chapter 5 bus 107 final study guide

chapter 5 bus 107 final study guide - Chapter 16 review...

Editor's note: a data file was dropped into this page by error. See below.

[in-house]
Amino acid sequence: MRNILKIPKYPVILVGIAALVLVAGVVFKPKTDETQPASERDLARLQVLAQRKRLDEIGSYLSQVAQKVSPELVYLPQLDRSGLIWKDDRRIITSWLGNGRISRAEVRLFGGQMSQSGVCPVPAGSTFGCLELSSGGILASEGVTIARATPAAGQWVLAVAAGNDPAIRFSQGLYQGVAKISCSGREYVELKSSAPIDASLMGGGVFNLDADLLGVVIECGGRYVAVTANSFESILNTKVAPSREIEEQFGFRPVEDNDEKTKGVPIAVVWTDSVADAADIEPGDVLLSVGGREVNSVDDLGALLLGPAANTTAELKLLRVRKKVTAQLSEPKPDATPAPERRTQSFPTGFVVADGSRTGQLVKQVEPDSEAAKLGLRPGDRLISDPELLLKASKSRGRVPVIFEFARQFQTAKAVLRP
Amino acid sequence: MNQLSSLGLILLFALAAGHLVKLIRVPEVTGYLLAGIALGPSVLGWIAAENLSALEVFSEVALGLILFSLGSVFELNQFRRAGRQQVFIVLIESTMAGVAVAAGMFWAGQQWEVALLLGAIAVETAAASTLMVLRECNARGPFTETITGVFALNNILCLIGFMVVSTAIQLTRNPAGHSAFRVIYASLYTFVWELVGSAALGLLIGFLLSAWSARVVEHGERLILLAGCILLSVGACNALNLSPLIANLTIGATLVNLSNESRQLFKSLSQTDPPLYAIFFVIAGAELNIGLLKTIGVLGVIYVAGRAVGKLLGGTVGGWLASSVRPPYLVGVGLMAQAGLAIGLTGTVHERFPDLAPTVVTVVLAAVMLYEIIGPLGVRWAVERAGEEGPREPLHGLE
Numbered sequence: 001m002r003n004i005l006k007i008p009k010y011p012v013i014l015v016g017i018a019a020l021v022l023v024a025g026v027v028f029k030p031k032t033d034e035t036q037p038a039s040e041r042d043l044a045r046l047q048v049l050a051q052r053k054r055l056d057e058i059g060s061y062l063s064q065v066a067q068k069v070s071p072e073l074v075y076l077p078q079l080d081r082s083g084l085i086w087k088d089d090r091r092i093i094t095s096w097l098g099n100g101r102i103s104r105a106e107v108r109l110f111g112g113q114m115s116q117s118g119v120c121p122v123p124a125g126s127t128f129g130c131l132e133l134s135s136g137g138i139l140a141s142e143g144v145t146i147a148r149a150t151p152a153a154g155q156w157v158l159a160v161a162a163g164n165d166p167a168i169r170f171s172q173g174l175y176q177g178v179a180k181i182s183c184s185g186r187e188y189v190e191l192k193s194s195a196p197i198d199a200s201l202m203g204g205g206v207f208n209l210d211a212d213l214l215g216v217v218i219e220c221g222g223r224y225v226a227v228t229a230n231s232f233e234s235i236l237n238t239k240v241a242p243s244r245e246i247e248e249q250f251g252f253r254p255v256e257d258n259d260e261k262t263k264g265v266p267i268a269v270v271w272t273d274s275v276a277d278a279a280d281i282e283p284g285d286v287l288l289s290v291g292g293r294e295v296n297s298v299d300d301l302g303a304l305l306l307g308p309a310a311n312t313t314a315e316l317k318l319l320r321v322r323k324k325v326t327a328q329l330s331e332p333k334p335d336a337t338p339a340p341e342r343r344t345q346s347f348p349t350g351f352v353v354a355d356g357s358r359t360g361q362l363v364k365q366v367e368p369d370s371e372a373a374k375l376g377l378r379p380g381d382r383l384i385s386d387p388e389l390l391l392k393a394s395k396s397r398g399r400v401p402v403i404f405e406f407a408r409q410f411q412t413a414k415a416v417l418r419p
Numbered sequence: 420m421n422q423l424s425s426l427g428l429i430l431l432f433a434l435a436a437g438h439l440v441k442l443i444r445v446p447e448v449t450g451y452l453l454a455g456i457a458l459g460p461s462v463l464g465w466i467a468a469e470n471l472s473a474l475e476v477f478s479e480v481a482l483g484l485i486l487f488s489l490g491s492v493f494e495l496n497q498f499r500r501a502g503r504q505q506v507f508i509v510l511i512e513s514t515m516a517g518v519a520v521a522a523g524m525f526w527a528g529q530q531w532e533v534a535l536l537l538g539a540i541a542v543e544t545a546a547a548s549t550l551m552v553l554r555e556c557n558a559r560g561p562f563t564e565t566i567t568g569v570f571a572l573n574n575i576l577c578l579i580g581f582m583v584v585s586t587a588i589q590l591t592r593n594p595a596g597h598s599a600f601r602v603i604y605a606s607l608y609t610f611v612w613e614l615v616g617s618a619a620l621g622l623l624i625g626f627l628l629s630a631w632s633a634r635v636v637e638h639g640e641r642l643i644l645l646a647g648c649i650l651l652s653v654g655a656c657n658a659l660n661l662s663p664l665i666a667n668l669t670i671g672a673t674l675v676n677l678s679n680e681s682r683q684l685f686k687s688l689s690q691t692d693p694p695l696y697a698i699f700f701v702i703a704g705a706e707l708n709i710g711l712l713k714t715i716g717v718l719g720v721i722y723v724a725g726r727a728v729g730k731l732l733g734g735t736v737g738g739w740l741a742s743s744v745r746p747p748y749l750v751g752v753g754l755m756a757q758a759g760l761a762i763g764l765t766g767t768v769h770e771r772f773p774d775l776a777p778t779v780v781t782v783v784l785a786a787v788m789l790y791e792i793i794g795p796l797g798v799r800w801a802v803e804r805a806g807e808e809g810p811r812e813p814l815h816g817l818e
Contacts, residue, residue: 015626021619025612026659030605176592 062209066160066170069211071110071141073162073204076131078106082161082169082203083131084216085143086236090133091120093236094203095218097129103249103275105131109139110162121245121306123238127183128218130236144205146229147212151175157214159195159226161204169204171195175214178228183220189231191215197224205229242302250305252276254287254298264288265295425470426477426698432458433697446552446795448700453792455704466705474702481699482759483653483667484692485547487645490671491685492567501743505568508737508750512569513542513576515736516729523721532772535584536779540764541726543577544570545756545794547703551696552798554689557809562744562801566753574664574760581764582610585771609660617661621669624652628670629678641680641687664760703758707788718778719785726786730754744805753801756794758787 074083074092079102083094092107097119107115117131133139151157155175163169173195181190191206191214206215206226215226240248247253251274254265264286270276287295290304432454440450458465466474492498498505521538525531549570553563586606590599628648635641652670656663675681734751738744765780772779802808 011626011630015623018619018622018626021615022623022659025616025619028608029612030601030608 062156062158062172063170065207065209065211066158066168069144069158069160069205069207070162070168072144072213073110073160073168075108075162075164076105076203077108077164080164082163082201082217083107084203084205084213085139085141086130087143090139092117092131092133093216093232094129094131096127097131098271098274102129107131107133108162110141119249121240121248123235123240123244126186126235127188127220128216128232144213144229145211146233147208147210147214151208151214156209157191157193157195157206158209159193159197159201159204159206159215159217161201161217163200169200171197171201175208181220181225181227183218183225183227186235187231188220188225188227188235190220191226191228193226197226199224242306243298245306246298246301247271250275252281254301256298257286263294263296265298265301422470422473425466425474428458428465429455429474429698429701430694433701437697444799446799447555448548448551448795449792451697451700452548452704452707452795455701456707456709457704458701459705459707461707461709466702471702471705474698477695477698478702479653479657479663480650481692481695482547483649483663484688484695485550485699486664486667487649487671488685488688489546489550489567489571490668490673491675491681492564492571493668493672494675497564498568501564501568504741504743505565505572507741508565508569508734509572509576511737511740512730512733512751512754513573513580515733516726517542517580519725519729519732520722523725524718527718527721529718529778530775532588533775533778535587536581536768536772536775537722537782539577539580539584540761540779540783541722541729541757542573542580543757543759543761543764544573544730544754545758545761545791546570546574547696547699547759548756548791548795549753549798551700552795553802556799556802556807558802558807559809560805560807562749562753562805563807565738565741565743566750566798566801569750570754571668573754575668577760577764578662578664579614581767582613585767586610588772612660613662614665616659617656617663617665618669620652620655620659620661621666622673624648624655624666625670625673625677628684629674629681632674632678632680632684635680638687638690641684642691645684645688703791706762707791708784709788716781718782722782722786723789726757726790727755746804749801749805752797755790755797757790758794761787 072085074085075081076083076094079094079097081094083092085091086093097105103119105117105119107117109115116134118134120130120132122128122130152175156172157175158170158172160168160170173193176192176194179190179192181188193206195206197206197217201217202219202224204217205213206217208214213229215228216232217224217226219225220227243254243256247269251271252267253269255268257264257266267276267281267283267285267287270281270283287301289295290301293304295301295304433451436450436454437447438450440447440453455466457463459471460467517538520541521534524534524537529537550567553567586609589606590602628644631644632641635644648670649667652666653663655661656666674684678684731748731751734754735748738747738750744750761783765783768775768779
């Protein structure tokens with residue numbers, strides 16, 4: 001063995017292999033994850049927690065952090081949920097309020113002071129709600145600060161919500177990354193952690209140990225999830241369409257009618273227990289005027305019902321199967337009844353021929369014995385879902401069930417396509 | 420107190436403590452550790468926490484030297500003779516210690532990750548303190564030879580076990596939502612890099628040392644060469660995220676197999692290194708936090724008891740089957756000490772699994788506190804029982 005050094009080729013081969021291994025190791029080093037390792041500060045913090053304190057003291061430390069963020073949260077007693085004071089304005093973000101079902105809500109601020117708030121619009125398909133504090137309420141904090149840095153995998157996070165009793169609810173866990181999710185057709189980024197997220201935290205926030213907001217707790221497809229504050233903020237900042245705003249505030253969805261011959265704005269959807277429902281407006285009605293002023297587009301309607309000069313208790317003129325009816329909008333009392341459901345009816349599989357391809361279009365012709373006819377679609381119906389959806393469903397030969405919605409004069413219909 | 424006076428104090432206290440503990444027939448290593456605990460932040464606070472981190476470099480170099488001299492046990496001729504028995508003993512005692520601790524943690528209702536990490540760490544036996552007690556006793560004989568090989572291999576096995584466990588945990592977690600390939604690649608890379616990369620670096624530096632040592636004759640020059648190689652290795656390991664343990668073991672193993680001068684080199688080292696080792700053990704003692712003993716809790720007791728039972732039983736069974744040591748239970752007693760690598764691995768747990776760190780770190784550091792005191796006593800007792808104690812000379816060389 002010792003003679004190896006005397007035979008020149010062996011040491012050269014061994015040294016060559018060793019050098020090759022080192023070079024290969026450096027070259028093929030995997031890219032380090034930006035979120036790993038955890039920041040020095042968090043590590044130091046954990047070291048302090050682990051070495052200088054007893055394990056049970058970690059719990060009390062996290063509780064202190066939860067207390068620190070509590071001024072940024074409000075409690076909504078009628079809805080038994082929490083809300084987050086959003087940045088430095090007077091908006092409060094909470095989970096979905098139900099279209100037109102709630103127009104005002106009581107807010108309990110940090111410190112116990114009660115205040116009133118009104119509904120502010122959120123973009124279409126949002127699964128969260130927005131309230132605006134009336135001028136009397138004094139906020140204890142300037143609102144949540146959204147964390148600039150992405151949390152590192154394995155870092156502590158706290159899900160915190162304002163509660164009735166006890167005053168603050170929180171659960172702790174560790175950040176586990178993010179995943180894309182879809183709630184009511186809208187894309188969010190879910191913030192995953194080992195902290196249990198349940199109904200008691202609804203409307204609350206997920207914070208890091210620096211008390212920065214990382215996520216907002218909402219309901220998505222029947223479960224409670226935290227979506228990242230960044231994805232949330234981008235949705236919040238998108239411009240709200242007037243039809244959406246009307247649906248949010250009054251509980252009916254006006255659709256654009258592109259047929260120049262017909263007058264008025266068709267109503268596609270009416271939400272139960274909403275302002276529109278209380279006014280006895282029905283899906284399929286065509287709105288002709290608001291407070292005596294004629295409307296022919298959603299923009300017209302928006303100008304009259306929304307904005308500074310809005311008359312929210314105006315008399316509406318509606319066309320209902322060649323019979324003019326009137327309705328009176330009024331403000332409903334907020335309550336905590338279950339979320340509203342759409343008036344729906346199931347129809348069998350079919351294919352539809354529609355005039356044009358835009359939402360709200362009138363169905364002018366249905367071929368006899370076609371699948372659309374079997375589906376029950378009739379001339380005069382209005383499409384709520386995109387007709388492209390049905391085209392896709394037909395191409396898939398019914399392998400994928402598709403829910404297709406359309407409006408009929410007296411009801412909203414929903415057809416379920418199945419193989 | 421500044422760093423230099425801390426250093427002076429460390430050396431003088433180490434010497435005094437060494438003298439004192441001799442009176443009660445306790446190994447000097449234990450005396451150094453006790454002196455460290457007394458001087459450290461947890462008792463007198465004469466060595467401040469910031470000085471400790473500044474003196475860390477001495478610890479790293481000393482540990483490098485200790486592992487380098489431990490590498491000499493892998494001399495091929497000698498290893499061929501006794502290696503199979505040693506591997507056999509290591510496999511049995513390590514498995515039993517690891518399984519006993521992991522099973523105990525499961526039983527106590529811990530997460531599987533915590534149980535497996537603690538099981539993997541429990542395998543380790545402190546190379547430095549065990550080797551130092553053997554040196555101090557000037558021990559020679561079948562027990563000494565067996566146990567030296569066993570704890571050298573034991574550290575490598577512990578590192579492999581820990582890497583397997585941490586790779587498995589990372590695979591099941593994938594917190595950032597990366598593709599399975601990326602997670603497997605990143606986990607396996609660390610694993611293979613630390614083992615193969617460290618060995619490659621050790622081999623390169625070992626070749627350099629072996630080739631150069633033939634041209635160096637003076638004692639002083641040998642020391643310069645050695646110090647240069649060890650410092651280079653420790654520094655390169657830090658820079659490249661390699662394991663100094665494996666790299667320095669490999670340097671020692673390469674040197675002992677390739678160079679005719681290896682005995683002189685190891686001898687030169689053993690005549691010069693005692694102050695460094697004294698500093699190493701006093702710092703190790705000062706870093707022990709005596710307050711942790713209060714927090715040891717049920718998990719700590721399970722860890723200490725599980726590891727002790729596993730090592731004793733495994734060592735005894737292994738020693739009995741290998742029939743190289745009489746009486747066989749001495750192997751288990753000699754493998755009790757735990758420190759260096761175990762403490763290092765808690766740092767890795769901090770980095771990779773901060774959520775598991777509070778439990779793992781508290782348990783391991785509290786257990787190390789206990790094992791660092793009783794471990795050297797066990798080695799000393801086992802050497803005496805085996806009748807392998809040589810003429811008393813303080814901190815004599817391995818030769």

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- Chapter 16 review organizational behavior the study of individuals and groups in organizations so as to improve effectiveness organization consciously coordinated social unit, made up of a group that works together on common goals fairly regularly systematic study looking at relationships, attempting to attribute causes and effects, and drawing conclusions based on scientific evidence evidence-based management basing managerial decisions on the best available scientific evidence Components of Organizational Culture 1) Artifacts--symbols of culture in the social/physical work environment; visible but not always decipherable 2) Values--reflect a persons beliefs of what is right and wrong 3) Assumptions--deeply held beliefs that guide behavior; taken for granted 4 Functions of Organizational Culture 1) Gives a sense of identity 2) Provides a sense-making device 3) Reinforces values 4) Culture is a control hawthorne effect the tendency for people to behave differently when they know they are being studied Frederick Winslow Taylor a pioneering engineer who advanced the concept of scientific management Chapter 5 Individual Differences - the way in which factors such as skills, abilities, personalities, perceptions, attitudes, values, and ethics differ from one individual to another High self monitors flexible: adjust behavior according to the situation and the behavior of others can appear unpredictable & inconsistent low self monitors act from internal states rather- than from situational cues -show consistency - less likely to respond to work group norms or supervisory feedback Positive Affect - an individual’s tendency to accentuate the positive aspects of oneself, other people, and the world in general Negative Affect - an individual’s tendency to accentuate the negative aspects of oneself, other people, and the world in general Early research tried to identify and label enduring personality characteristics. Shy, aggressive, submissive, lazy, ambitious, loyal, and timid. These are personality traits . Early efforts to identify the primary traits that govern behavior often resulted in long lists that were difficult to generalize from and provided little practical guidance to organizational decision makers . Extroverted or Introverted (E or I) Sensing or Intuitive (S or N) Thinking or Feeling (T or F) Perceiving or Judging (P or J) INTJs are visionaries. ESTJs are organizers. ENTPs are conceptualizers. Values – basic convictions about what is right, good, or desirable. Value system The Importance and Organization of Values Values lay the foundation for understanding of attitudes and motivation. Values generally influence attitudes and behaviors. Generational Differences in Values Person-Organization Fit - People high on extraversion fit well with aggressive and team-oriented cultures. - People high on agreeableness match up better with a supportive organizational climate than one focused on aggressiveness. - People high on openness to experience fit better in organizations that emphasize innovation rather than standardization.
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